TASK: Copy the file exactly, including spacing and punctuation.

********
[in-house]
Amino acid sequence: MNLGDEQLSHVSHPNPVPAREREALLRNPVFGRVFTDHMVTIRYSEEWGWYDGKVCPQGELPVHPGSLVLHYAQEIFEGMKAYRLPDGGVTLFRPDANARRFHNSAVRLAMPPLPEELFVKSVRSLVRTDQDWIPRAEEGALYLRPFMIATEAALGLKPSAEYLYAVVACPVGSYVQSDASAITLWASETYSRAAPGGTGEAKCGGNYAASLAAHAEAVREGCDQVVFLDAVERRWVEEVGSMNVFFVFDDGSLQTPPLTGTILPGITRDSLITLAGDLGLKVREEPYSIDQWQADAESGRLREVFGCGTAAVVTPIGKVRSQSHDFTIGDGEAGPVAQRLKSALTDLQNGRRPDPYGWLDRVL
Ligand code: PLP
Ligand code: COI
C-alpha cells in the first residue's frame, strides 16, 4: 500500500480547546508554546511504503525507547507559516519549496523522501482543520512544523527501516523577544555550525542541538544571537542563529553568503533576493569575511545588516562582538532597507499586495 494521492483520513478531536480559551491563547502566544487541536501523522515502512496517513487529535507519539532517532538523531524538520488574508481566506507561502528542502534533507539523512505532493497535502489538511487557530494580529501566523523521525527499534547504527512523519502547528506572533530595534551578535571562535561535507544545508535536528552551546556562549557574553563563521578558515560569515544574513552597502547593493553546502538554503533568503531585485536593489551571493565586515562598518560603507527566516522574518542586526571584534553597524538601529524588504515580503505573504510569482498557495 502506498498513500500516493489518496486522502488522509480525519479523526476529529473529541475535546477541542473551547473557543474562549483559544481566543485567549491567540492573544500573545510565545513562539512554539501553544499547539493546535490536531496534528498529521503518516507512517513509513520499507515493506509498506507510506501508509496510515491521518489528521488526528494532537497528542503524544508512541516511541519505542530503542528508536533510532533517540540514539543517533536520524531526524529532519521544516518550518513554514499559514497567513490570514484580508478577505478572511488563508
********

[in-house]
Amino acid sequence: MNLGDEQLSHVSHPNPVPAREREALLRNPVFGRVFTDHMVTIRYSEEWGWYDGKVCPQGELPVHPGSLVLHYAQEIFEGMKAYRLPDGGVTLFRPDANARRFHNSAVRLAMPPLPEELFVKSVRSLVRTDQDWIPRAEEGALYLRPFMIATEAALGLKPSAEYLYAVVACPVGSYVQSDASAITLWASETYSRAAPGGTGEAKCGGNYAASLAAHAEAVREGCDQVVFLDAVERRWVEEVGSMNVFFVFDDGSLQTPPLTGTILPGITRDSLITLAGDLGLKVREEPYSIDQWQADAESGRLREVFGCGTAAVVTPIGKVRSQSHDFTIGDGEAGPVAQRLKSALTDLQNGRRPDPYGWLDRVL
Ligand code: PLP
Ligand code: COI
C-alpha cells in the first residue's frame, strides 16, 4: 500500500480547546508554546511504503525507547507559516519549496523522501482543520512544523527501516523577544555550525542541538544571537542563529553568503533576493569575511545588516562582538532597507499586495 494521492483520513478531536480559551491563547502566544487541536501523522515502512496517513487529535507519539532517532538523531524538520488574508481566506507561502528542502534533507539523512505532493497535502489538511487557530494580529501566523523521525527499534547504527512523519502547528506572533530595534551578535571562535561535507544545508535536528552551546556562549557574553563563521578558515560569515544574513552597502547593493553546502538554503533568503531585485536593489551571493565586515562598518560603507527566516522574518542586526571584534553597524538601529524588504515580503505573504510569482498557495 502506498498513500500516493489518496486522502488522509480525519479523526476529529473529541475535546477541542473551547473557543474562549483559544481566543485567549491567540492573544500573545510565545513562539512554539501553544499547539493546535490536531496534528498529521503518516507512517513509513520499507515493506509498506507510506501508509496510515491521518489528521488526528494532537497528542503524544508512541516511541519505542530503542528508536533510532533517540540514539543517533536520524531526524529532519521544516518550518513554514499559514497567513490570514484580508478577505478572511488563508